President Tsai Ing-wen (蔡英文) yesterday said that the Anti-infiltration Act (反滲透法) would not affect Taiwanese conducting legal exchanges with Chinese, after officially promulgating it earlier in the day.
Addressing the nation from the Presidential Office, Tsai said that the act prohibits only a handful of actions — including making political donations, engaging in electioneering, sabotaging legal assembly, and lobbying and interfering with elections — carried out under the instruction of China, or commissioned or funded by it.
The act would not affect normal cross-strait exchanges, she added.
Amid concerns regarding the new law, the president said that she has asked the Executive Yuan to make clarifications and explain it to the public to avoid causing unnecessary panic.
The Executive Yuan has also been asked to establish an ad hoc task force to provide the public with examples of actions that contravene the act, so that people can have clear guidelines to follow, Tsai said.
The Straits Exchange Foundation, a semi-official body that deals with cross-strait affairs, has also been tasked with answering questions about the act and collecting public opinions so that the government can make adjustments if necessary, Tsai said.
Despite Tsai’s repeated assurances, Chinese Nationalist Party (KMT) caucus whip Tseng Ming-chung (曾銘宗) yesterday said that a lack of contingency plans represented a threat to people’s basic rights.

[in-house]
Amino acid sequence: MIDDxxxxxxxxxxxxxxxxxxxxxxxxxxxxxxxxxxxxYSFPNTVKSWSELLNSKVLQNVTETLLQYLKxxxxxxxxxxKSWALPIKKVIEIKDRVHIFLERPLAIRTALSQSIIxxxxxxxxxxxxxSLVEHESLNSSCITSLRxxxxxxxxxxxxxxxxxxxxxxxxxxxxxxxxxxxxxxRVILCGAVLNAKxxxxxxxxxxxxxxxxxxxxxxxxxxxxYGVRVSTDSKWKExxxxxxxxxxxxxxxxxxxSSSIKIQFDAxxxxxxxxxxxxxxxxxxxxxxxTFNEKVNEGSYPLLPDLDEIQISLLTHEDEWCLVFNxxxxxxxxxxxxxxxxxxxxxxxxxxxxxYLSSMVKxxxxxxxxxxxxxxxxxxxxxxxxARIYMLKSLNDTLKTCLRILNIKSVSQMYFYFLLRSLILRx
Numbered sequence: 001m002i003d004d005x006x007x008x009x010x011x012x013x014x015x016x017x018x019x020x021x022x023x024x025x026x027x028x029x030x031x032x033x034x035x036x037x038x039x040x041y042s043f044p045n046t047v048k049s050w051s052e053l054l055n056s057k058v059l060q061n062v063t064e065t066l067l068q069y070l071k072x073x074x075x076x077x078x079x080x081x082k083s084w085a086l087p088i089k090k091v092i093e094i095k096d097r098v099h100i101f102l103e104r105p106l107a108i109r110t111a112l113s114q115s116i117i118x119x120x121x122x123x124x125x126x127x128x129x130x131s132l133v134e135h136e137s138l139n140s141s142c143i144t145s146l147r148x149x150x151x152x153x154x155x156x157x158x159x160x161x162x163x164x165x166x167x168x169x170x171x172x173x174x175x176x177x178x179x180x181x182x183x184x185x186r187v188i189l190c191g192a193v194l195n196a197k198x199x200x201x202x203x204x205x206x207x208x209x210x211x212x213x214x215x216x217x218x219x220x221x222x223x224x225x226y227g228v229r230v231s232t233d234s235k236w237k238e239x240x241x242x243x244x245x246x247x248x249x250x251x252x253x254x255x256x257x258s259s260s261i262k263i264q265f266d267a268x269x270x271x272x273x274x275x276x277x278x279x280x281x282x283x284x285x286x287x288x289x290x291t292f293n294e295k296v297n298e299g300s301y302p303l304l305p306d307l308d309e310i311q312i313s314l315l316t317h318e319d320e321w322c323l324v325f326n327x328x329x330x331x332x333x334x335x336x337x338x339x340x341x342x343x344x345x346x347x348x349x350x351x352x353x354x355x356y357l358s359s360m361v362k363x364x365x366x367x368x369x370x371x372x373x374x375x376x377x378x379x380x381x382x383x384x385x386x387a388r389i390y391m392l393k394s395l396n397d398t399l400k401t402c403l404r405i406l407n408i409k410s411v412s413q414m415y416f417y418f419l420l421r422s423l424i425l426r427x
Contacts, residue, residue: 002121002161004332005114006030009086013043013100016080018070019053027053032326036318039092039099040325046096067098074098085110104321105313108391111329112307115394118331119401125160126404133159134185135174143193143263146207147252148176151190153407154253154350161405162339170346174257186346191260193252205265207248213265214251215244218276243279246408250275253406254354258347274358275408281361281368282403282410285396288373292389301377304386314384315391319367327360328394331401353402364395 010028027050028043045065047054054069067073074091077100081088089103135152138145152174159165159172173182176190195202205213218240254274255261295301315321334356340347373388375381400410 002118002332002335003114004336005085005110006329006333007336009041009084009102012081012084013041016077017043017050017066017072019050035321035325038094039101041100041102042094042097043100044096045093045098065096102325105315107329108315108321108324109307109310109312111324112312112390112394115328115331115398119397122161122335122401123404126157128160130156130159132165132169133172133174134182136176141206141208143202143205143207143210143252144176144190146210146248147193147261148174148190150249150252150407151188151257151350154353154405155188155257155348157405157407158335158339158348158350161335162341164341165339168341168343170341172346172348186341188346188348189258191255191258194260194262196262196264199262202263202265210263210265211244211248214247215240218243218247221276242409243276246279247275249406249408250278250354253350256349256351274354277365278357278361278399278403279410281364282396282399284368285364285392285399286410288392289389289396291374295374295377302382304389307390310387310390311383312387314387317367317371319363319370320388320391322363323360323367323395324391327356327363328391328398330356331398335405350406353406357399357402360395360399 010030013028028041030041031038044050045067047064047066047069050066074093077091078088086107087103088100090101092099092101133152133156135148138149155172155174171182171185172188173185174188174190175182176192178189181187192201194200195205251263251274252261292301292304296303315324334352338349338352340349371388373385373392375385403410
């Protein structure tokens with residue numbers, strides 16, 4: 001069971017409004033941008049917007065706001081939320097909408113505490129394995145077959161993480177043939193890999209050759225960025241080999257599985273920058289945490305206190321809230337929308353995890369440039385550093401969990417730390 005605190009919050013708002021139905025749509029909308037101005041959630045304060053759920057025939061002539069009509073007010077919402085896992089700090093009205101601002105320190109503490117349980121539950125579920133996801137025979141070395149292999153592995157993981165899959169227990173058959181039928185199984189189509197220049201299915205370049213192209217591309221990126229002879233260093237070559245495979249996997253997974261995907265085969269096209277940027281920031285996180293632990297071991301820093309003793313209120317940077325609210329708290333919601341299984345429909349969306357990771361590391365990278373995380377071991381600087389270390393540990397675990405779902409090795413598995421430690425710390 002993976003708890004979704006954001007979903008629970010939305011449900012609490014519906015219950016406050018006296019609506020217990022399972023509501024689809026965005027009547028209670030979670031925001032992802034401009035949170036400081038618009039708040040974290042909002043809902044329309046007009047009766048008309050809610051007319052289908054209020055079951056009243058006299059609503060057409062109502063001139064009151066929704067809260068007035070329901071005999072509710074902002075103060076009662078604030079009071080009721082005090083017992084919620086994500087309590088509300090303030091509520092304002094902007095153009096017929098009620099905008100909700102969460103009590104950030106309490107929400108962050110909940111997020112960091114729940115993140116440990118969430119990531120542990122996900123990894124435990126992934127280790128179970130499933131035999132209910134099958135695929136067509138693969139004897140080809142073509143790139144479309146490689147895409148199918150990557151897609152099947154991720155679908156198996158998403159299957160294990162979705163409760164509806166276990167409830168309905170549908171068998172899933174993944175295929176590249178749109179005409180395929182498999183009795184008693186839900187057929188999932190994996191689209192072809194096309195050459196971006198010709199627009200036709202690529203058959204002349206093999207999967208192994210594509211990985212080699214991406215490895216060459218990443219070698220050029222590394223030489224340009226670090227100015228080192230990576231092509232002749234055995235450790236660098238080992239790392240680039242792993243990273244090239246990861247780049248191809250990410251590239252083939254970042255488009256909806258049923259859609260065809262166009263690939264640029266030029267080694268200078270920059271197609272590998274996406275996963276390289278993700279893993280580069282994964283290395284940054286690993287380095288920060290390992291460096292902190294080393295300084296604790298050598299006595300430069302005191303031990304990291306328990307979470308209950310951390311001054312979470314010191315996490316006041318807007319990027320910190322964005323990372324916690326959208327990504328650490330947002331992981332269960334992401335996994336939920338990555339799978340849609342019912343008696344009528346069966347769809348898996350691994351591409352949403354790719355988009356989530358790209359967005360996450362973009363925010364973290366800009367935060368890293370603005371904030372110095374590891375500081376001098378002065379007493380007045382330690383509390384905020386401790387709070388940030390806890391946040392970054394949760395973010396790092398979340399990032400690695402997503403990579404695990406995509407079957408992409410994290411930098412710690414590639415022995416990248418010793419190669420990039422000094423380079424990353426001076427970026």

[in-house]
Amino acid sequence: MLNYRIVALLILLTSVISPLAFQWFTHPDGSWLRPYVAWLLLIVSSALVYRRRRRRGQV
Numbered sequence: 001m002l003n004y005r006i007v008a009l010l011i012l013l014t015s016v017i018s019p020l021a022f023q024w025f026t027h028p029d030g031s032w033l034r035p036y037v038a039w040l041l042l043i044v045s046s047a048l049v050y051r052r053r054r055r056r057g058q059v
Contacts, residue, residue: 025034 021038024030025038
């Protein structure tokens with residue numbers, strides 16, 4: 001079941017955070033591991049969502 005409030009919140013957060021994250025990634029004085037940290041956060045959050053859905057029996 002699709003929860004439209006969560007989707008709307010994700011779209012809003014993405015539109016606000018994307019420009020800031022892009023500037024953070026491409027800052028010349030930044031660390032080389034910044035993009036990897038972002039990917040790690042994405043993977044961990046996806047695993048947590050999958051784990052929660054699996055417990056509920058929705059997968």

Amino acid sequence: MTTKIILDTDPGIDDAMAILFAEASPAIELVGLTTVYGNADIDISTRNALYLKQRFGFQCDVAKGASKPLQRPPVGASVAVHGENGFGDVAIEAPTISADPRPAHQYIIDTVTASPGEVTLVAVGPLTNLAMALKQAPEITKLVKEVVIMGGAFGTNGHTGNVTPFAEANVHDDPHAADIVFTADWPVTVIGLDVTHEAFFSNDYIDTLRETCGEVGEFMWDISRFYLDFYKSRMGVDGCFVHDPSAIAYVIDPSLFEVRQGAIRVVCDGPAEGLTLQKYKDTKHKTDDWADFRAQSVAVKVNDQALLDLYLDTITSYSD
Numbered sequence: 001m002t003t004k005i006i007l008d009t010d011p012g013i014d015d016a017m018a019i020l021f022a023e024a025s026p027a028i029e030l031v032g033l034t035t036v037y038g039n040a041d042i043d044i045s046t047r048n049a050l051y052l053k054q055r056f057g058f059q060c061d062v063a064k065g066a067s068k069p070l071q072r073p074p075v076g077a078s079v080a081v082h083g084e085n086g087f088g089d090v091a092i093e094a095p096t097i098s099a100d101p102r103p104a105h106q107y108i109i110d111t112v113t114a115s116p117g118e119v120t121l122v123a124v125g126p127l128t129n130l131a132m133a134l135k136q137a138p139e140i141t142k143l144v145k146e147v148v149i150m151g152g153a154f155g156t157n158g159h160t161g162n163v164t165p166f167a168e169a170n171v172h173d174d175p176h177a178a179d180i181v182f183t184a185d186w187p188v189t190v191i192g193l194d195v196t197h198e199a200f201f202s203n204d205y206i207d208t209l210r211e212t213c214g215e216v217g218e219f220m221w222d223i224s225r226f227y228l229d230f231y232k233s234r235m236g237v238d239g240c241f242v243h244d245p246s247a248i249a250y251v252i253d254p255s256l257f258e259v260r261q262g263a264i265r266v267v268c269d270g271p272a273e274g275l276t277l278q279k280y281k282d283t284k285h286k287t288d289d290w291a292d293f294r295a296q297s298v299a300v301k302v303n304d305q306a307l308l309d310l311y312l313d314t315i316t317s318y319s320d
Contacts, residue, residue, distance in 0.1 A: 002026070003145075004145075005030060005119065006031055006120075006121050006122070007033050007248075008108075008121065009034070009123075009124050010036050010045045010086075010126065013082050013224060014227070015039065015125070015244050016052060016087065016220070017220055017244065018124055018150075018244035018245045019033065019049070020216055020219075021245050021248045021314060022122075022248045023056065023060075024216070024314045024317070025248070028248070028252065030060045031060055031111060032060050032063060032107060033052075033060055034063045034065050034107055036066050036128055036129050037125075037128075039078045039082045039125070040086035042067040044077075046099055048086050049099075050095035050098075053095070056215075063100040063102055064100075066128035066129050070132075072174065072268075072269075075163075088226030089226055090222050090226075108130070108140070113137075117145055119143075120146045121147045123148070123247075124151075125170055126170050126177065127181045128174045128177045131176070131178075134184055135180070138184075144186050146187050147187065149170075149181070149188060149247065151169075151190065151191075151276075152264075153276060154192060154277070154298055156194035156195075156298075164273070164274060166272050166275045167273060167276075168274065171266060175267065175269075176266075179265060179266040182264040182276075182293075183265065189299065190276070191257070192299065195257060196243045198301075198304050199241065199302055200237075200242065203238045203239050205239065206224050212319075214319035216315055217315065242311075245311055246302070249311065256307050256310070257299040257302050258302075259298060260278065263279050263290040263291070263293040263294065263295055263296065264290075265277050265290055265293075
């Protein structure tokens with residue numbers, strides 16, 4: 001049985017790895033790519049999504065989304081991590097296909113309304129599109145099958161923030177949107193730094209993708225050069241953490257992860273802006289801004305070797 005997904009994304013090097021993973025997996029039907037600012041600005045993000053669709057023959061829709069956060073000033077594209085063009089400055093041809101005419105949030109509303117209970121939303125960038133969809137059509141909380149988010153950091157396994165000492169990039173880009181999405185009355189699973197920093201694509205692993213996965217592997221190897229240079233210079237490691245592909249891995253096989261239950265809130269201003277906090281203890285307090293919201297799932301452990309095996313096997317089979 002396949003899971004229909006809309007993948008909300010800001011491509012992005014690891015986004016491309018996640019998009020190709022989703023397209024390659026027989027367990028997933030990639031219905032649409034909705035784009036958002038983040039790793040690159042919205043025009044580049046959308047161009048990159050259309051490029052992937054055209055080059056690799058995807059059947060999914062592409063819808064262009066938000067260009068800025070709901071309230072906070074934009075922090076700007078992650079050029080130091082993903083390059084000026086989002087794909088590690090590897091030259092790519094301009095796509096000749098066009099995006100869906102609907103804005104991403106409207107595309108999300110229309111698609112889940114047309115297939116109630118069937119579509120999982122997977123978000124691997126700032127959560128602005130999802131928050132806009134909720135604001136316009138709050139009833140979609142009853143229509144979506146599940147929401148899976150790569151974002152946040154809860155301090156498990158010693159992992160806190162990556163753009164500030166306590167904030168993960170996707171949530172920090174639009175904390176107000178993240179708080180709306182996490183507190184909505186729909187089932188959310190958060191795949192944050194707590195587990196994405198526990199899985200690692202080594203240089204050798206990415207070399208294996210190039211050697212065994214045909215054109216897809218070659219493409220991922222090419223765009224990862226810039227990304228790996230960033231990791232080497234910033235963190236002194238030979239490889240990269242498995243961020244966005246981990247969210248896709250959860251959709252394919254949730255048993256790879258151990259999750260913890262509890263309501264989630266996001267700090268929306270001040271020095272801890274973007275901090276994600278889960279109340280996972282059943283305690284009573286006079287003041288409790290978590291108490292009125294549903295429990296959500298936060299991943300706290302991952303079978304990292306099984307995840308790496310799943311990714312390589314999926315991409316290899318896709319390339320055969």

The act, which comprises 12 articles, does not specify which government agency is responsible for its implementation, Tseng said.
It also does not provide legal remedy for people accused of contravening its provisions, he added.
A lack of contingencies shows that the act had been rushed through the legislature without careful assessment, Tseng said, adding that the KMT would soon request a constitutional interpretation from the Council of Grand Justices as a last resort to overturn the act.
Democratic Progressive Party (DPP) caucus secretary-general Lee Chun-yi (李俊俋) said the act had to be passed first before the government could introduce contingency plans.
The KMT, the People First Party and Taiwanese business groups based in China have been vocal in their criticism of the act, which was passed by the DPP-controlled legislature on Dec. 31.
They have said that the act, which was initiated in late November last year with little cross-party discussion, lacks a concrete definition of what constitutes “infiltration,” giving authorities the freedom to interpret it when deciding whether the act has been contravened.
They have expressed concern that the act could be used by the government to arbitrarily suppress those who hold different political views and hinder cross-strait exchanges.
The government has said that the act complements existing laws to prevent hostile forces from intervening in the nation’s democratic political system or influencing national security through “infiltration sources.”
“Infiltration sources” are defined in the act as organizations or institutions affiliated with the government, political parties or other political groups of a foreign hostile force, and individuals dispatched by those entities.
A hostile force is defined as a country or group at war or in a military standoff with Taiwan that upholds the idea of jeopardizing the nation’s sovereignty by non-peaceful means, which clearly refers to China, although Mainland Affairs Council Minister Chen Ming-tong (陳明通) said it applies to all foreign hostile forces.
The act prohibits anyone from making political donations, influencing elections, proposing the recall of government officials, or launching a public referendum at the instruction or with the financial support of an infiltration source.
It also prohibits lobbying on issues concerning national security, diplomacy and cross-strait affairs, at the instruction or with the financial support of an infiltration source.
Such actions may be punished by up to five years in prison or a fine of NT$10 million (US$333,890), according to the act.
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